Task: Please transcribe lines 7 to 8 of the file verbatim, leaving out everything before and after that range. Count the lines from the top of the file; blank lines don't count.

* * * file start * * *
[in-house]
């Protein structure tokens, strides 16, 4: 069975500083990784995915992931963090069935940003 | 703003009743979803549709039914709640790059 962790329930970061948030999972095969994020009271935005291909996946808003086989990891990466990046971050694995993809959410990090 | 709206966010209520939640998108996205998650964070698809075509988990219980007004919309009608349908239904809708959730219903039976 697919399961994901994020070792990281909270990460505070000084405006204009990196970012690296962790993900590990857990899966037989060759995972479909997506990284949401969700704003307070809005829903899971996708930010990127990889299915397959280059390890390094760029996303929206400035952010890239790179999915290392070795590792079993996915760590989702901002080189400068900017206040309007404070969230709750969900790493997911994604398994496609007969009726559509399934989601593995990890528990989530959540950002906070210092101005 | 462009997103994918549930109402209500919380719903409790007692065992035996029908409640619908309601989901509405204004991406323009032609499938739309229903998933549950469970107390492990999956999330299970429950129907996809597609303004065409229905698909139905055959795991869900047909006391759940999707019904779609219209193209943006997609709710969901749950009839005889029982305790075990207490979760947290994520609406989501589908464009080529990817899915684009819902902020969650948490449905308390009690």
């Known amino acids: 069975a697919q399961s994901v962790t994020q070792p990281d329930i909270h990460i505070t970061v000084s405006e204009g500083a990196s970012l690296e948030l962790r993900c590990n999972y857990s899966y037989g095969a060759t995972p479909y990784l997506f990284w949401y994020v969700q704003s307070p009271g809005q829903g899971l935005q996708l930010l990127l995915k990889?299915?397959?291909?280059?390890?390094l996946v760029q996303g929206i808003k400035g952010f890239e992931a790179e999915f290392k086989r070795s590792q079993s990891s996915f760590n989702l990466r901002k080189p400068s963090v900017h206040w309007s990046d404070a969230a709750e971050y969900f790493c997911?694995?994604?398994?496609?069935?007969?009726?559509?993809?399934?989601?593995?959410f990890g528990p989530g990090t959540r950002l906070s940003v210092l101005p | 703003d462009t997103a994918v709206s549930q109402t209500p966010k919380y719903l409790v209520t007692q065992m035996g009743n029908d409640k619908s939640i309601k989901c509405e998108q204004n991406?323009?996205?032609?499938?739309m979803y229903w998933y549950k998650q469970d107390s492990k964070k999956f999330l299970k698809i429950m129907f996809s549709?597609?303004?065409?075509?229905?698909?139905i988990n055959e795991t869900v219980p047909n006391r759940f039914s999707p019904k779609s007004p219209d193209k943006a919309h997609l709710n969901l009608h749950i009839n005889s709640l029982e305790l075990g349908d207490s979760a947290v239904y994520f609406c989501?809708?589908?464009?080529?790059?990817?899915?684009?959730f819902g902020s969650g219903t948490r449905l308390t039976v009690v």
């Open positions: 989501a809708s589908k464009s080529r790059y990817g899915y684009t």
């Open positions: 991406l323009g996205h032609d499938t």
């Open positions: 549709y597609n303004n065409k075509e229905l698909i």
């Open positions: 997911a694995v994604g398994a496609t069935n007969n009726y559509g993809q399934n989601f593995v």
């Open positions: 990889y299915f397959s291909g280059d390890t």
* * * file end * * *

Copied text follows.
């Open positions: 997911a694995v994604g398994a496609t069935n007969n009726y559509g993809q399934n989601f593995v």
């Open positions: 990889y299915f397959s291909g280059d390890t």